If you have any squeamish fears of triffid like invasions, then your sleep will already have been disturbed by Ludo’s enormous paste up Nature’s Revenge project, seen on his several previous visits to London.
Distinctive characteristics of his street project are the enormous scale, avoidance of hall of fame spots, green pigmentation and fusing of organic plants with man made technology. Ludo rises to the challenge of translating this aesthetic into the gallery by creating a mad-boffin’s bio-genetic engineering laboratory bunker; a refuge from a world where nature has armed itself for the fight against man, a grotty lair where scientists deploy crap German accents and bow ties in their continuing destructive research.
Ludo’s cross pollinated plant machine hybrids have leapt off the sheet and into 3D sculptural form. Nutty lab technicians roam the gallery in lab coats, hair nets and sinister latex gloves and embryonic plant mutants emerge from the the test tube glassware and incubation units lying around the insane laboratory.
Massive schlock horror B movie screen grabs pasted around the walls create a nightmare collage of a world falling to the horticultural armed response to man’s inhumanity to the environment. Scattered around the hide-out are specimens mounted Jurassic park style in perspex moulds as well as mock (or are they????) scientific journals from the 50s and 60s documenting reports of latest developments modifying DNA structures to maximise the yield of organic matter.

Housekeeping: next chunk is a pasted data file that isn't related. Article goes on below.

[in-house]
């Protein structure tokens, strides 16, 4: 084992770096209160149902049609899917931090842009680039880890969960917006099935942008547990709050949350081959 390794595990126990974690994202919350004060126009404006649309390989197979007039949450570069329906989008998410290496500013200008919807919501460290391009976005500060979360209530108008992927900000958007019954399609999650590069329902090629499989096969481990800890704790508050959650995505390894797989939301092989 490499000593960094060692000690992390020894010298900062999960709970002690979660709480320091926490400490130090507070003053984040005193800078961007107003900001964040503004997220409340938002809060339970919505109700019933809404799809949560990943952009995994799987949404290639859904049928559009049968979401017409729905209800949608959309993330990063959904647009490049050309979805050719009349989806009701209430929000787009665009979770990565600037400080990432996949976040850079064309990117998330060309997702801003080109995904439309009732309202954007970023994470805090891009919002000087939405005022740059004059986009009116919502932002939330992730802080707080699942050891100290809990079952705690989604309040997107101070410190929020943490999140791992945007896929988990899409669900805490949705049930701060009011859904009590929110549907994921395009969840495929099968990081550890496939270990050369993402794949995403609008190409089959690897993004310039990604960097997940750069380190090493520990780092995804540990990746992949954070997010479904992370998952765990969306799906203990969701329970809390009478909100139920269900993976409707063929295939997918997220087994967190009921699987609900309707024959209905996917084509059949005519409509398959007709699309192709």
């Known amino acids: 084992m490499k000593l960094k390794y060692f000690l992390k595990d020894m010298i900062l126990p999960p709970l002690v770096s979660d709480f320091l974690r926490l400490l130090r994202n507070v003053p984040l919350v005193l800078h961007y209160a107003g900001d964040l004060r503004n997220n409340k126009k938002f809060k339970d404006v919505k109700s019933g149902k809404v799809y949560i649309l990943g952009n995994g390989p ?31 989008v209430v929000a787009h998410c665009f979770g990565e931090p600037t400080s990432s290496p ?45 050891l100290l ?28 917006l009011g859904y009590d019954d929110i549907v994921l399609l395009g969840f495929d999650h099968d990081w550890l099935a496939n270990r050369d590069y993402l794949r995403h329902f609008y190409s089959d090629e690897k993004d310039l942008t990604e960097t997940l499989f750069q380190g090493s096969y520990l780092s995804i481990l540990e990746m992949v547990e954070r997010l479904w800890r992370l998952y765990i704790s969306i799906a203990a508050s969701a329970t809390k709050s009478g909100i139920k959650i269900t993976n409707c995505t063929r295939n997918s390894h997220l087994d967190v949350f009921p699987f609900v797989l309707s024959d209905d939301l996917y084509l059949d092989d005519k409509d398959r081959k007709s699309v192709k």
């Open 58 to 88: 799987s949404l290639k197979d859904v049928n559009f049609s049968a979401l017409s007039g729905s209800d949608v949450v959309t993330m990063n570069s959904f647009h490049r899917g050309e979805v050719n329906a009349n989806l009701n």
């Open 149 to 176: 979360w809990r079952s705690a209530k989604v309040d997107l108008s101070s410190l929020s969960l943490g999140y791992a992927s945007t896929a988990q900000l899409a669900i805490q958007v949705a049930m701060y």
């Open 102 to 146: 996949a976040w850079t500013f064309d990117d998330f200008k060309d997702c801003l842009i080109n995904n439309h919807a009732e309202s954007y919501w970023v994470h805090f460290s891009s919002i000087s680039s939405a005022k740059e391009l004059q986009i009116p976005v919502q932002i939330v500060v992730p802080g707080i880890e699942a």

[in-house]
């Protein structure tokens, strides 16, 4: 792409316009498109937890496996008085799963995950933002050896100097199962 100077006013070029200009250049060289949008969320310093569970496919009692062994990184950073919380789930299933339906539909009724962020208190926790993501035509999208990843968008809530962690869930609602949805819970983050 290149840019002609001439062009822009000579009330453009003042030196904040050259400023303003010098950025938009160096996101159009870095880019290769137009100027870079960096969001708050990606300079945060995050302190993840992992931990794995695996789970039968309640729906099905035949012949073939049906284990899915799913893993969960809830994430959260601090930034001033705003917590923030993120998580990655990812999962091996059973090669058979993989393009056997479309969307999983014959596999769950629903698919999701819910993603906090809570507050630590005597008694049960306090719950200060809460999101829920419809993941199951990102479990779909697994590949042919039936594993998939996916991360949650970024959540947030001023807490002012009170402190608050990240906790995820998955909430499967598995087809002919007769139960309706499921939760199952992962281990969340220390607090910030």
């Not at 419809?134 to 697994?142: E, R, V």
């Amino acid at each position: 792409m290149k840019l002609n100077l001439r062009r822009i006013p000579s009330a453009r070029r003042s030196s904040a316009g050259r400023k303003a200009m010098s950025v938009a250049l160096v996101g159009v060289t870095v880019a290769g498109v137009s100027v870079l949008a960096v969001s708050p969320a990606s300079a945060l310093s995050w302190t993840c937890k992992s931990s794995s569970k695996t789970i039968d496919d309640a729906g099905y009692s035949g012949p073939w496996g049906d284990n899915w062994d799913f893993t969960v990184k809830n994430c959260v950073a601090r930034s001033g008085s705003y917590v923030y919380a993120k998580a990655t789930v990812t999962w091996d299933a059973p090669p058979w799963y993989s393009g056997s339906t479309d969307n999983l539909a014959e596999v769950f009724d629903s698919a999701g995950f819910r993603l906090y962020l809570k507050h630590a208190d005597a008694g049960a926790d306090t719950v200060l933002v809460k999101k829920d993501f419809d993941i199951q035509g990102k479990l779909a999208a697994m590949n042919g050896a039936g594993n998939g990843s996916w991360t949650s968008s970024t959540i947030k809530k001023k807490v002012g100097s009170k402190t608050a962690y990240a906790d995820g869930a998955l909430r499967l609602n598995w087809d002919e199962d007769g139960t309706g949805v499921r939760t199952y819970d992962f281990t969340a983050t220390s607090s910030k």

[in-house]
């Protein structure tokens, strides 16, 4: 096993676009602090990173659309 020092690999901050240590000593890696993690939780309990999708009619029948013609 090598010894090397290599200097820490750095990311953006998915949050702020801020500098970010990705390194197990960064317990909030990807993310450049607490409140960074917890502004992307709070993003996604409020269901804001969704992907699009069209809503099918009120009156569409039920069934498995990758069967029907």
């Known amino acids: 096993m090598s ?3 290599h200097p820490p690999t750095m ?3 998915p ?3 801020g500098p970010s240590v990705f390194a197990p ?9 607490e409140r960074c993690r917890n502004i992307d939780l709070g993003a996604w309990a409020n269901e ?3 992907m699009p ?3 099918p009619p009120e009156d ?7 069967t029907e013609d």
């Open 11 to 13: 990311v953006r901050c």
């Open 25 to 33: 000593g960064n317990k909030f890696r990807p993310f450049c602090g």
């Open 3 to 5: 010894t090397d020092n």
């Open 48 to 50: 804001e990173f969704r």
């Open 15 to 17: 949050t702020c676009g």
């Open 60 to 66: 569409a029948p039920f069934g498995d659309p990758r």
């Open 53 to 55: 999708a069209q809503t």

Apart from the fascinating and well staged laboratory, evidently un-funded judging by its Heath Robinson-esque arrangements and clichéd demented scientists, Ludo’s art consists mainly of pencil and oil paint compositions on white paper as well as a new print (have there been any before?) and an film of the artist working on the street.
As Ludo has made the insanity of man’s destructive tendencies towards the environment the key thread in the fabric of his work, it seems strange that the fearless eco-enviro warrior should aim one of his satirical compositions at a fictional rather than real oil company. On second thoughts, perhaps he is astutely avoiding what has been a tedious rite-of-passage for huge numbers of street artists squabbling over who best bastardizes the Shell and BP trademarks via the medium of a screenprinted edition of 250.
So, green remains the game, great to see the mutants in 3D and kids of all ages will enjoy the grungy science lab. The most obvious metamorphosis taking place at High Roller’s Society is Ludo’s morphing into a serious installation creating, gallery-comfortable artist.
Hand pulled screen print, green and white hand finished acrylic, ed 25
other photos here